Almost three years late and at five times the original cost but politicians, business leaders and passengers all believe the Sheffield to Rotherham will be worth the wait.
That was the resounding message as passengers were finally able to enjoy the Government-funded project, which will see services run from Sheffield Cathedral to Parkgate, via Rotherham Central railway station.
The pilot project has cost around £75 million – £60 million more than original estimates – and was orginally due to launch in 2015.
But those behind the project and those who boarded the first passenger service said the scheme could lead to an economic boost as well as paving the way for similar services across the country.
Rail minister Jo Johnson said: “This has been a moment that’s been a long time coming. A lot of hard work has gone in to the project to get it to this stage today and this is a moment to celebrate and to see the start of passenger services because this technology has real potential – not just in South Yorkshire but across the country.
“That’s why we’ve invested so heavily in it – to realise its potential and so that it can be rolled out in other areas that benefit from it in the future in a really effiicient way.”
Mr Johnson said the government never considered scrapping the scheme, despite a committee of MPs labelling it ‘how not to run a major project’.
He said: “We’re committed to transport infrastructure in the north of England and in the Sheffield area. We are investing £13 billion between now and 2020 on major transport infrastructure projects in the north of England.
“We are deeply committed to improving transport systems in Sheffield, across Yorkshire and across the north of England and this is a really important part of that.”
The pilot scheme sees trams run on the normal Supertram tracks between Cathedral and Meadowhall South, before switching onto the rail network out to Parkgate, via Rotherham Central.
Three services an hour run on the route, with a journey time of 27 minutes. Tram-trains run from 5.27am until around 11pm Monday to Saturday and 8.27am until around 7pm on Sunday.
Rob McIntosh, Network Rail route managing director for London, North East and East Midlands, said the launch marked the start of a ‘bright and exciting future for transport in South Yorkshire’.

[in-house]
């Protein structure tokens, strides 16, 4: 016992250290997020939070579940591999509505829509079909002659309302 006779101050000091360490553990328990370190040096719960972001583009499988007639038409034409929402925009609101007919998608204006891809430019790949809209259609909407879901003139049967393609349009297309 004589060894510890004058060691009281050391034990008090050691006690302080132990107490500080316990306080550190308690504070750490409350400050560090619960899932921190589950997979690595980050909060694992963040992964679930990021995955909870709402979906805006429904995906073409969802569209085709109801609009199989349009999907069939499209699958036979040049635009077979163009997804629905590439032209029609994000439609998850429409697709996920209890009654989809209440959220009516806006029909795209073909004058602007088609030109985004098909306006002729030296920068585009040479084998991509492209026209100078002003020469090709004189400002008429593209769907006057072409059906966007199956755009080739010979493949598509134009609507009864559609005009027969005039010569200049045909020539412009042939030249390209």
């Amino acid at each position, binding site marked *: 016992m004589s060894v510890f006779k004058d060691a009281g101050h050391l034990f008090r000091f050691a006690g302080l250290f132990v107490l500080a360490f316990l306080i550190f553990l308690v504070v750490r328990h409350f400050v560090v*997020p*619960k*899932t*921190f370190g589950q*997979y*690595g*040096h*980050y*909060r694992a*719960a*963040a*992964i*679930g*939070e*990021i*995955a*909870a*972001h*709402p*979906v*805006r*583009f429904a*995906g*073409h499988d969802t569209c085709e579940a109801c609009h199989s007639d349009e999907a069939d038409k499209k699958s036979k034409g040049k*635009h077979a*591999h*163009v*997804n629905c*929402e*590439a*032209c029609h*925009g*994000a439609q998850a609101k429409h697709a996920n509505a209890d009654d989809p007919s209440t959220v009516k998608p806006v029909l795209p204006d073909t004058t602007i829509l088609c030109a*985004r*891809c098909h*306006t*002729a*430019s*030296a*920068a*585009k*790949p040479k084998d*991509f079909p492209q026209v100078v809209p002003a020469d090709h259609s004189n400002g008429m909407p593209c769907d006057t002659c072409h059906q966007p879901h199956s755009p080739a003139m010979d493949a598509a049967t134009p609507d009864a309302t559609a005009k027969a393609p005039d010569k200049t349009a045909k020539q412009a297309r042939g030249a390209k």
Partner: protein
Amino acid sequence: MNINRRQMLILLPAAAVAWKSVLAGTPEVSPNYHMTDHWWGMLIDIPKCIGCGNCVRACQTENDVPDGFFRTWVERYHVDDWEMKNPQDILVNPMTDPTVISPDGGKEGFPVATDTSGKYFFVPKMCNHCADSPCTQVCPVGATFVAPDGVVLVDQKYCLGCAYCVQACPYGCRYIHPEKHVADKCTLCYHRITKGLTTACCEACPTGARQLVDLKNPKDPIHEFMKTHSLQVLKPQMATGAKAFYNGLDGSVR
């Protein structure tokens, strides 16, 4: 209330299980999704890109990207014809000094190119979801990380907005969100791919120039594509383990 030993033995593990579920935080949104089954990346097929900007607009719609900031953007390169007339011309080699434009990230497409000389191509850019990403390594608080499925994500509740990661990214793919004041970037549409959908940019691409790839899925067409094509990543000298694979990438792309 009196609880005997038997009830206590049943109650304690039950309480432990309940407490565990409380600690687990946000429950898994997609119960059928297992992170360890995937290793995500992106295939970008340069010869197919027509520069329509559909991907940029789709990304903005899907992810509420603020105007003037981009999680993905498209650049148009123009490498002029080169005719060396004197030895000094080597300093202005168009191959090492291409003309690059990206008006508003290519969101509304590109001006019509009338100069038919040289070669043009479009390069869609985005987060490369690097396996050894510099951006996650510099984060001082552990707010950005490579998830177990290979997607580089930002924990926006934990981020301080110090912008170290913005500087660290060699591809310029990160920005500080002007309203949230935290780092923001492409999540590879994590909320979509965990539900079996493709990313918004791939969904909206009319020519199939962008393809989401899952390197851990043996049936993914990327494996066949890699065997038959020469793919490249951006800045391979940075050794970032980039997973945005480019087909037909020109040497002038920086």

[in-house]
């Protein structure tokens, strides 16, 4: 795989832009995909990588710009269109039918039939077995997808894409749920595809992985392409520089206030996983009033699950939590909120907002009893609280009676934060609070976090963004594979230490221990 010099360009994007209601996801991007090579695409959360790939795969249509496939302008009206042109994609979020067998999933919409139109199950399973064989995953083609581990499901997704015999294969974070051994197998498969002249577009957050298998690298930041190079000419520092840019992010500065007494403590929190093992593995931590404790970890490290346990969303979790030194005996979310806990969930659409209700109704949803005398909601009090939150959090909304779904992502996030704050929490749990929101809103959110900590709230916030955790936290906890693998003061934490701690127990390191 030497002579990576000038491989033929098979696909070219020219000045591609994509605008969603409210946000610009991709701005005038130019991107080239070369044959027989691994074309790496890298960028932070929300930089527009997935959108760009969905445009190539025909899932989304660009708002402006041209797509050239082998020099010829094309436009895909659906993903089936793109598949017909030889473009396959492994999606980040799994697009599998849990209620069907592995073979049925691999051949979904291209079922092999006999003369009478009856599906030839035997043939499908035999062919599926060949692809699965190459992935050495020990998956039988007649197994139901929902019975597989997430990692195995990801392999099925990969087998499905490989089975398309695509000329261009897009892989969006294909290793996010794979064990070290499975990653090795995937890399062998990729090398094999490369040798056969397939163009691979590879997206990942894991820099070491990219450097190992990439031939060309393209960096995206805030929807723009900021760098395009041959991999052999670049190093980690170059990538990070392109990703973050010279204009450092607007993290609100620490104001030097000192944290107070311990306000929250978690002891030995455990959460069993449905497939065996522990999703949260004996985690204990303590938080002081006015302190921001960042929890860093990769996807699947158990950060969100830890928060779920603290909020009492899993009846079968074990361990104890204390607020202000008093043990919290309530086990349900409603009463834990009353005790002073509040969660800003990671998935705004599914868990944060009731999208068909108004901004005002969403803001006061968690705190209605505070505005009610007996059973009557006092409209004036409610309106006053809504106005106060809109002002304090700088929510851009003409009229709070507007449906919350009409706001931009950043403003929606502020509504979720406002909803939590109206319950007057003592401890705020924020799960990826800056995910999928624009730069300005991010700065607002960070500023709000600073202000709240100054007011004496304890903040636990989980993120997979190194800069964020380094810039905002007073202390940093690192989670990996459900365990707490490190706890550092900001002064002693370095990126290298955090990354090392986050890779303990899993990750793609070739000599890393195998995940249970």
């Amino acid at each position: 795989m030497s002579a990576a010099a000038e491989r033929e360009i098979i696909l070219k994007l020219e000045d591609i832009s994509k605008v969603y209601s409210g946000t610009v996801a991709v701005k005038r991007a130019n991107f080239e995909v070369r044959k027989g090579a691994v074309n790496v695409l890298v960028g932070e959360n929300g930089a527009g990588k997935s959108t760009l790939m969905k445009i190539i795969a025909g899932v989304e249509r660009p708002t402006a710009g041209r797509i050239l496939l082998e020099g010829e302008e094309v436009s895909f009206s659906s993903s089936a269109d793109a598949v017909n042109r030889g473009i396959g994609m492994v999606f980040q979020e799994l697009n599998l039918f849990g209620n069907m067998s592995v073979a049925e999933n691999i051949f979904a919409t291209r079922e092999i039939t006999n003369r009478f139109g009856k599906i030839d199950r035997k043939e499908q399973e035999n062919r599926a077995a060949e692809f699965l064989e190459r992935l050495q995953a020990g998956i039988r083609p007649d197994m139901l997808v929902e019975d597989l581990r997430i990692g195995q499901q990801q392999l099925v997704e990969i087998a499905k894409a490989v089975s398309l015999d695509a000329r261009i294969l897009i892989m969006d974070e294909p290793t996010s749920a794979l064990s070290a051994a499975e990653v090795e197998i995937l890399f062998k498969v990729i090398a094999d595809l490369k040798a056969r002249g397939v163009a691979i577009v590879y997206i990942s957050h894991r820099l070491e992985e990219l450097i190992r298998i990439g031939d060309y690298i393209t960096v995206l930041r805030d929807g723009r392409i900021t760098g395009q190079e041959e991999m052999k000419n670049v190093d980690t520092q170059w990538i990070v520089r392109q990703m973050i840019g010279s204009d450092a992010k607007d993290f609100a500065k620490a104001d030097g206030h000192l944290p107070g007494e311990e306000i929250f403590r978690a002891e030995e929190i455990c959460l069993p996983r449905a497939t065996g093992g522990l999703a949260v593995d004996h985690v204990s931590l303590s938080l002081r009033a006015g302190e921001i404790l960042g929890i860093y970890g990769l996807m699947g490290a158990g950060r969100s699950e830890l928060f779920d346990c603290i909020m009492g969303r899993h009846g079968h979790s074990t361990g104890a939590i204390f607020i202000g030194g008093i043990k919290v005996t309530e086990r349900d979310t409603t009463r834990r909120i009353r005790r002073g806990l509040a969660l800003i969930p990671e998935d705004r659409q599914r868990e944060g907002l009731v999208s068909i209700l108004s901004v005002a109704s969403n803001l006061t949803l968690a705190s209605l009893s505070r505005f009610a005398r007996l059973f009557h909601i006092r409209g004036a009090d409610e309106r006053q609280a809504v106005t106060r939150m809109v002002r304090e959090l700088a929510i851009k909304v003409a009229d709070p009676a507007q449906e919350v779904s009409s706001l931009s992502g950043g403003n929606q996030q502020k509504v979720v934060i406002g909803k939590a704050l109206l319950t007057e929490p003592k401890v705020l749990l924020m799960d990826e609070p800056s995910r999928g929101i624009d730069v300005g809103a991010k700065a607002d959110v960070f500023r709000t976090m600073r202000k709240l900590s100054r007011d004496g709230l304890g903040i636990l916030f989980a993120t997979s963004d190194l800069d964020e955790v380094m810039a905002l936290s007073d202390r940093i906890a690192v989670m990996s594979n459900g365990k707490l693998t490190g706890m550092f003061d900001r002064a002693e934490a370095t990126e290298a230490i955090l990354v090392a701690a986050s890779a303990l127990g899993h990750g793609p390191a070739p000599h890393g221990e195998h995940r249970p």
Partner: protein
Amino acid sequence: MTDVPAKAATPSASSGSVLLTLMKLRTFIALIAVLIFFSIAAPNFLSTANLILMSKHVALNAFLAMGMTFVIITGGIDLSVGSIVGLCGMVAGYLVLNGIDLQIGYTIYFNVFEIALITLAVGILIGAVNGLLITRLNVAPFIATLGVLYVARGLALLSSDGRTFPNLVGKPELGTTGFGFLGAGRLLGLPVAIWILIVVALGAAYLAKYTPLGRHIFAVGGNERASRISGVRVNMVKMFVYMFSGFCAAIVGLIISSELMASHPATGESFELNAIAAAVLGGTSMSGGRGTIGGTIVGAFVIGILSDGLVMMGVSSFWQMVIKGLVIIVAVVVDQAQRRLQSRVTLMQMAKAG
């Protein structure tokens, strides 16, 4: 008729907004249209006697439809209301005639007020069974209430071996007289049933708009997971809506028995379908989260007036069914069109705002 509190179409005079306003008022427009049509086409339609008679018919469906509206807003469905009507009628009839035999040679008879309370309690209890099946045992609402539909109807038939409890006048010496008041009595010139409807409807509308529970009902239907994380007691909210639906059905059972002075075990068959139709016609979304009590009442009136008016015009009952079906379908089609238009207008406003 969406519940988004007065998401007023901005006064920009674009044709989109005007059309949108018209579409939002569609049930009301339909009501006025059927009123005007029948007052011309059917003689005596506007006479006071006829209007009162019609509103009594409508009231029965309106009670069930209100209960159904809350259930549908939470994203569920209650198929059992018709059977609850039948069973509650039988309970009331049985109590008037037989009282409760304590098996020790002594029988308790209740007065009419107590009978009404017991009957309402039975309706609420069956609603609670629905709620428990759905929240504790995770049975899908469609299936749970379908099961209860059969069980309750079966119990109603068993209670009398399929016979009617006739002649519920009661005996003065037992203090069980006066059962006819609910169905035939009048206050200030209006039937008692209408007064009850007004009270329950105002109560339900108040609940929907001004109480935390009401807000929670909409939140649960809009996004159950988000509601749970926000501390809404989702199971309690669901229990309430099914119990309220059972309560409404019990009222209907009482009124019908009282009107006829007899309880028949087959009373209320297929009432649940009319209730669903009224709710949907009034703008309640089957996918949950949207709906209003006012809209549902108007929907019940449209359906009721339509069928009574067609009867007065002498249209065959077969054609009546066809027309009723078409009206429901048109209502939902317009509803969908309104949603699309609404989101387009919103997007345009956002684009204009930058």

He said: “This has been a pilot project for us and it’s been difficult and it’s been painful for us to deliver but to be on the first passenger service, I am hugely excited and proud.”
Mr McIntosh said that he thought those behind the project announced an estimated cost and timescale ‘too early’.
He added: “The first and main reason for the delays was that at the time we said when we could do this by and for how much money, we hadn’t properly assessed how we were going to engineer the project.
“This is a lesson that Network Rail has learnt across all our portfolio. Confirming when we will achieve the outcomes can only really be done when you have done a certain amount of development and we made that commitment too early.”
Mr McIntosh said traffic congestion between Sheffield and Rotherham was one of the reasons the area was chosen to run the pilot scheme.
He added: “We are committed to the two-year pilot and we will continually review it during that time and Stagecoach certainly plan to run it for another three years beyond that.
“I haven’t got any plans to take up the infrastructure that we’ve worked so hard to put down and in my experience when we deliver rail infrastructure passenger growth always exceeds our expectations and I see no reason why it will be any different here.”
The tram-train will run on a black route and be labelled as TT. A total of seven tram-train specific vehicles have been built – four of which will operate on the new network.
Tim Bilby, managing director of Stagecoach Supertram, said: “This is a pilot project - there wasn’t an off the shelf solution. People estimated timescales but inevitably challenges came up and now we’ve got to the point we can launch we should celebrate.
“It is the first extension of the Supertram and in terms of future extensions, we would fully support that and it’s a case of South Yorkshire Passenger Transport Executive and Sheffield City Region to negotiate that.”
There is a brief pause in services at Meadowhall South/Tinsley while the drivers register on the rail signals. It then goes onto Rotherham Central and Parkgate, where passengers can use a new zebra crossing across Stonerow Way and into the park.
Stephen Edwards, executive director of SYPTE, said a number of parking spaces at Parkgate Shopping had been designated as park and ride bays.
He said: “It’s great to be the first in the country to use the technology and it’s great for the region and for public transport in particular. When you look at the different locations it links, there are employment, leisure, retail, education opportunities.”
Coun Jack Scott, Sheffield Council’s cabinet member for transport and development, also welcomed the launch and said he thought it would boost both Sheffield and Rotherham’s economies.
Sheffield City Region Dan Jarvis said it marked the start of improved transport services across South Yorkshire.
First on board the passenger train was tram enthusiast Antony O’Brien.
Mr O’Brien, 72, originally from Dublin, said: “I think it's great. I got here about an hour before to make sure I could get on and I even had to pay my bus fare this morning because it was before 9.30am.”
Shortly behind Mr O’Brien in the queue at the Cathedral tram stop was Paula Smuthhurst and her daughter, Gemma.
Paula, of Hunters Bar, was the first passenger to board Supertram when it launched in 1994.
She said: “We like public transport so it means a lot to be here and if it helps get people out of their cars then that can only be a good thing.”